Photo via mojing.cn
VR (Virtual Reality) is booming in China, to say the least. According to China research firm China Skinny, “Virtual Reality” was the number one tech term searched on Baidu, China’s most popular search engine, in 2016. Furthermore, the VR market in China is anticipated to reach a value of $860 million by the end of 2016, and a projected value of $8.5 billion by 2020. However, there has yet to emerge a market leader for a sector with such an enormous potential value.
None of the BAT (Baidu, Alibaba, Tencent) trifecta members have released their own HMDs (Head Mounted Device) yet, they each have provided capital support and seed funding for content creators in China’s VR startup space. It seems that these industry giants have a rather “wait and see” approach, hedging their bets on the sidelines.
The market, currently, does exist. For instance, on Alibaba’s e-commerce platforms, reported sales of VR headsets have reached 300,000 units a month. Notable manufacturers of HMD headsets include Baofeng Mojing, 3Glasses, LeEco and DeePoon.
Beijing based Baofeng Technology Co Ltd is of particular interest and represents a strong contender for the crown – selling 1 million units of its $30 dollar headset through its network of 20,000 brick-and-mortar stores in just the first quarter of 2016. Founded in 2007, the company hails itself as a leading platform for Internet video streaming, relying on a mix of innovation and efficiency to realize profit.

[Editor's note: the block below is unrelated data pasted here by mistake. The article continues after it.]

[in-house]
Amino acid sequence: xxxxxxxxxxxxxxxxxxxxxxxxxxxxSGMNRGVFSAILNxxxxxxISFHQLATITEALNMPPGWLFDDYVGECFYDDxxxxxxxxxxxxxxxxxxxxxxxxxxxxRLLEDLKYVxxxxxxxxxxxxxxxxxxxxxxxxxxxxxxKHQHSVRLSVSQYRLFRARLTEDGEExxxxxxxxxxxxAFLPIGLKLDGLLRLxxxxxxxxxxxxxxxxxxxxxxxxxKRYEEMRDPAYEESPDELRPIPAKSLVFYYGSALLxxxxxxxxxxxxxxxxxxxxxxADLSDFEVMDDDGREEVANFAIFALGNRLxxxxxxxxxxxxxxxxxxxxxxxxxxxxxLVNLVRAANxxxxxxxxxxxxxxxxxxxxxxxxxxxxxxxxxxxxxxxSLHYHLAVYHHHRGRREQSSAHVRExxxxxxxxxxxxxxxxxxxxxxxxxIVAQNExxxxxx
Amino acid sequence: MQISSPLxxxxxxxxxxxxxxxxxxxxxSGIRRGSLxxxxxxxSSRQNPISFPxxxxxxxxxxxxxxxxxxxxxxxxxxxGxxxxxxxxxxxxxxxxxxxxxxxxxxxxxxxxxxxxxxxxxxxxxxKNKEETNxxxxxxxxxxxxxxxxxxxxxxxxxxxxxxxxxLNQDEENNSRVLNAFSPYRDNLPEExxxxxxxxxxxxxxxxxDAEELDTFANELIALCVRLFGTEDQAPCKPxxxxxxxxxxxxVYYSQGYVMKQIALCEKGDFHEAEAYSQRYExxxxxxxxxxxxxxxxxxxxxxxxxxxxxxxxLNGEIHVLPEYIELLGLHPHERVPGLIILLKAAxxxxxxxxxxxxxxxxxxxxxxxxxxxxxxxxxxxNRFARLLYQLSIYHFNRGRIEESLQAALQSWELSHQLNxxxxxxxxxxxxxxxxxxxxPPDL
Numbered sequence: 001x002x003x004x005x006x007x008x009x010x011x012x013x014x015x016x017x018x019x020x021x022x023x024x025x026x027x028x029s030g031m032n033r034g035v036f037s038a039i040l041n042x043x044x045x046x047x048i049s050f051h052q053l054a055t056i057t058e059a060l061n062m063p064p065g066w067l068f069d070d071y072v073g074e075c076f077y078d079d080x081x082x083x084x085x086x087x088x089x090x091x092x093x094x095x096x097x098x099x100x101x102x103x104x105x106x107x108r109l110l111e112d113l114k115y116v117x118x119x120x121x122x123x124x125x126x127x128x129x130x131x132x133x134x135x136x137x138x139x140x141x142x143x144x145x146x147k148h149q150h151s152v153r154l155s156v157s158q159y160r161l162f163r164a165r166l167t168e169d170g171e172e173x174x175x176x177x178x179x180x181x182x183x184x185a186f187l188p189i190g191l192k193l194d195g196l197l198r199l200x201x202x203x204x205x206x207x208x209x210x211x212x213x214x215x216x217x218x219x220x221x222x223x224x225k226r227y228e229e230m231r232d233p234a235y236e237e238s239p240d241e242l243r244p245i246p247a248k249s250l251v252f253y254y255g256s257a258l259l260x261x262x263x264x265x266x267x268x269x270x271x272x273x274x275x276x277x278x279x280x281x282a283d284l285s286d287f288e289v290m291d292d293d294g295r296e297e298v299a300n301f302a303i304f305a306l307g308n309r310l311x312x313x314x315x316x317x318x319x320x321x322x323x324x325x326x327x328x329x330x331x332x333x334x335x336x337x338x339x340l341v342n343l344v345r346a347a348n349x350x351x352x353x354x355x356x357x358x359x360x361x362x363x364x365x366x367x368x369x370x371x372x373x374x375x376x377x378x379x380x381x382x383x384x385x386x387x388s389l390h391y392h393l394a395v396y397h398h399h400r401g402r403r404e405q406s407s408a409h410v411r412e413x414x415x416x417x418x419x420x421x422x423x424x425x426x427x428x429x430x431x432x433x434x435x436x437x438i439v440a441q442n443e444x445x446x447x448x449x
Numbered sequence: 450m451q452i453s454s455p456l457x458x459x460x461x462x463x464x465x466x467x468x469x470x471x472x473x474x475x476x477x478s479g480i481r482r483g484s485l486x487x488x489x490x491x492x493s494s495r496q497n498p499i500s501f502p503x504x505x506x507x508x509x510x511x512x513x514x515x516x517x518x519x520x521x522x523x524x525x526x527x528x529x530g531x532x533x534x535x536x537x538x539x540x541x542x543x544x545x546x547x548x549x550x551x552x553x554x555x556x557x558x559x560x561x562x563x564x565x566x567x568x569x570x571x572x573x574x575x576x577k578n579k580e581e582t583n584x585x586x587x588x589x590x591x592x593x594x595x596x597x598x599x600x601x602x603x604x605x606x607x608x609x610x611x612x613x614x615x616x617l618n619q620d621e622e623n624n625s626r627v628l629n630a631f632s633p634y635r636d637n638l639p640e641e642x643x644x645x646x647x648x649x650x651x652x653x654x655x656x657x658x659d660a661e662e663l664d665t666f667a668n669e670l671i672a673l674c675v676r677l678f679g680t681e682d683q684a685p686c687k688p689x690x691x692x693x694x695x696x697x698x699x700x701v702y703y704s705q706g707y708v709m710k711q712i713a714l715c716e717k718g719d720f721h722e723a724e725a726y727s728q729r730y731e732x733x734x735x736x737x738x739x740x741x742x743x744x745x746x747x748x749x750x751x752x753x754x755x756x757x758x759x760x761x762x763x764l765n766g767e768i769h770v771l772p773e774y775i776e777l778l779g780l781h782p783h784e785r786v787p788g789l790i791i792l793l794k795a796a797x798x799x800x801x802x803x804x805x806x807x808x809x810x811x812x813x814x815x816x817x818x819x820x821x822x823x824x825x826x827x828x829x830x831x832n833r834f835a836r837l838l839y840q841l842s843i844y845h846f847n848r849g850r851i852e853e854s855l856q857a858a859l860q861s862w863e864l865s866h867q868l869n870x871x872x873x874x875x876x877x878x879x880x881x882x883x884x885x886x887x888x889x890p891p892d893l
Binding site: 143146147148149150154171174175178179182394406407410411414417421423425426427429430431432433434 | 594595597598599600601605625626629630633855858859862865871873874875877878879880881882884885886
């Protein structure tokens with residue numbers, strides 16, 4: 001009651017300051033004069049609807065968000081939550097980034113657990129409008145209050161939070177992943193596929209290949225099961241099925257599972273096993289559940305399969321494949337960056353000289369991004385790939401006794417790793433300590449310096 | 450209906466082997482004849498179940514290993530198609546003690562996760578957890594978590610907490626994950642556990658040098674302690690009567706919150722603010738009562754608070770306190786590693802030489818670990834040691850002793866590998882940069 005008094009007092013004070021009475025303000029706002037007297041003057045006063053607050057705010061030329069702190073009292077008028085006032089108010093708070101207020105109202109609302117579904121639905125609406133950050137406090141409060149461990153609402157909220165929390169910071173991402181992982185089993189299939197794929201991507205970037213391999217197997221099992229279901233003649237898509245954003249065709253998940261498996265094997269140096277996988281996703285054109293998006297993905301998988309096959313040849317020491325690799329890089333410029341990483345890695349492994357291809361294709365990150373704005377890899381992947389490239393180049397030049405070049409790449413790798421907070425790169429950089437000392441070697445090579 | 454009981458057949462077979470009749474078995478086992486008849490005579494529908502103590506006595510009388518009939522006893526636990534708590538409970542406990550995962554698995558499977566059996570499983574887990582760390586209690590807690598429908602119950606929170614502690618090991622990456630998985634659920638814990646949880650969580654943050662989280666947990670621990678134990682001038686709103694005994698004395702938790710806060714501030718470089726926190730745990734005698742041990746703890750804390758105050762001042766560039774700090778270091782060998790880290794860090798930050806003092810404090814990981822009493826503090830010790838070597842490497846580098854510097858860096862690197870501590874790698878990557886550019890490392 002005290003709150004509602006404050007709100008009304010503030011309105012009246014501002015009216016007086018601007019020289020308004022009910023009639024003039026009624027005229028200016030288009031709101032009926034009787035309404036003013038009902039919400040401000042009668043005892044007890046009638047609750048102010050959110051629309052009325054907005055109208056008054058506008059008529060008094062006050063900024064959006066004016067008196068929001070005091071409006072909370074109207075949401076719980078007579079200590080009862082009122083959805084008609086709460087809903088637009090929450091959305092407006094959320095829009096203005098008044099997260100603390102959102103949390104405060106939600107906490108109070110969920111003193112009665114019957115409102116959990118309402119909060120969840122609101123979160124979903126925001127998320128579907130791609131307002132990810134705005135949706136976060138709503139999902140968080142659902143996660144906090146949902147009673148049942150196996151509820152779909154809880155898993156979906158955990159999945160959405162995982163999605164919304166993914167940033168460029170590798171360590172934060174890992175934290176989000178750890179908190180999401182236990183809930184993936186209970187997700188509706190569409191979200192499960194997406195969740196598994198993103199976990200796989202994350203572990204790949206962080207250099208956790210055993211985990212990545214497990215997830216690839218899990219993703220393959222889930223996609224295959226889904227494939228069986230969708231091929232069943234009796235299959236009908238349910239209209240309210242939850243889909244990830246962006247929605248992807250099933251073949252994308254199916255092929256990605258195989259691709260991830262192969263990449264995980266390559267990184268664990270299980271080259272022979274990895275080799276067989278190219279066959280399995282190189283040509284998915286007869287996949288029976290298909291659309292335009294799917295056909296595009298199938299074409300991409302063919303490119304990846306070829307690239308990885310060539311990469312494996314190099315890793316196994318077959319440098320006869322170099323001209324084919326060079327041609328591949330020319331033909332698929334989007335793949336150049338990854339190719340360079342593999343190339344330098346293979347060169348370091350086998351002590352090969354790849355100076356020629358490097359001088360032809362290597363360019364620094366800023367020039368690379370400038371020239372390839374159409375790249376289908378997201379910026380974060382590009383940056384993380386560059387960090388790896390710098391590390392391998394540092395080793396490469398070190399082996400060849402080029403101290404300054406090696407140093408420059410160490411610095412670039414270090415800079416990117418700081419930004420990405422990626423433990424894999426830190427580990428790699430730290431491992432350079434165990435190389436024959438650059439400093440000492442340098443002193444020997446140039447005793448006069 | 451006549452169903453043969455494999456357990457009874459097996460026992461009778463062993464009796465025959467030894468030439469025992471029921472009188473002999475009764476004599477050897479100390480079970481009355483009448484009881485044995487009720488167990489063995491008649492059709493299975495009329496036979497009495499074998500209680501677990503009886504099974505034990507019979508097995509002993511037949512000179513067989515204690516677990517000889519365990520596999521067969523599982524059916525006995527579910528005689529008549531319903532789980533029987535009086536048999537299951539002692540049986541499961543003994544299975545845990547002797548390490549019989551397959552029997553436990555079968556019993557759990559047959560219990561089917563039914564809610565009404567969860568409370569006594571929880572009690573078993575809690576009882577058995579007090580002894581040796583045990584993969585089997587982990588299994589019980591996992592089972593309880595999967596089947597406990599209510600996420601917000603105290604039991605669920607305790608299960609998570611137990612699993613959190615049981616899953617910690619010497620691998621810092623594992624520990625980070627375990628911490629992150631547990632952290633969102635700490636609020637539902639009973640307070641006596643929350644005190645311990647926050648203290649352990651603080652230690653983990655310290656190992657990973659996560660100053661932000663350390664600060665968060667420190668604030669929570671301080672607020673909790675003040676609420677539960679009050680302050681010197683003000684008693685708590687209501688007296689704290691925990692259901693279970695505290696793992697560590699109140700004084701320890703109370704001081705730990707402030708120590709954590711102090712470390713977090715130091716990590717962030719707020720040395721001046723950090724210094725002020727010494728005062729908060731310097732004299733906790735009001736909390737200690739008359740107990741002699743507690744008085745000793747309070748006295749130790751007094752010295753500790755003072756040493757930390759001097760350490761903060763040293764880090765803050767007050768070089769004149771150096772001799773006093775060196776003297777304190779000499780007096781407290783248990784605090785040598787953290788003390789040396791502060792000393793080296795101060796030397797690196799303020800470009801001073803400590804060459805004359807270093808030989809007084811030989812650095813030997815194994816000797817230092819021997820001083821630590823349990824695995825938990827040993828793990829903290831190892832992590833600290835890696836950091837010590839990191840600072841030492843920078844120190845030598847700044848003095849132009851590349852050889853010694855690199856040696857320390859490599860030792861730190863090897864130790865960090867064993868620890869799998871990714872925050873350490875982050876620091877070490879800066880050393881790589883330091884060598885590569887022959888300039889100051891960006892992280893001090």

Baofeng completed its second round of fundraising for 230 million yuan in January 2016, giving the company a valuation of 1.43 billion yuan. The company is slated to not only make hardware, but also to become increasingly competitive in the content space, creating VR movies, video games, educational and sports-related broadcasting services.
American companies have also begun to enter the fray, such as Palo Alto headquartered Jaunt VR which, recently, in partnership with the Shanghai Media Group, formed Jaunt China. The joint venture is slated to develop over 500 VR productions in the next two years.
Taiwan’s HTC, creator of the popular VIVE HMD, is treating the Mainland China market as its first priority. The firm has forged an alliance with two major electronic retailers, Suning and Gome, to distribute its products in over 10,000 sophisticated VR “experience centers” throughout the country.
On the whole, however, there has yet to emerge a monopolistic force in the sector, which tend to emerge in the Middle Kingdom market.
What are your thoughts on the nascent VR market in China? Feel free to comment below and continue the discussion.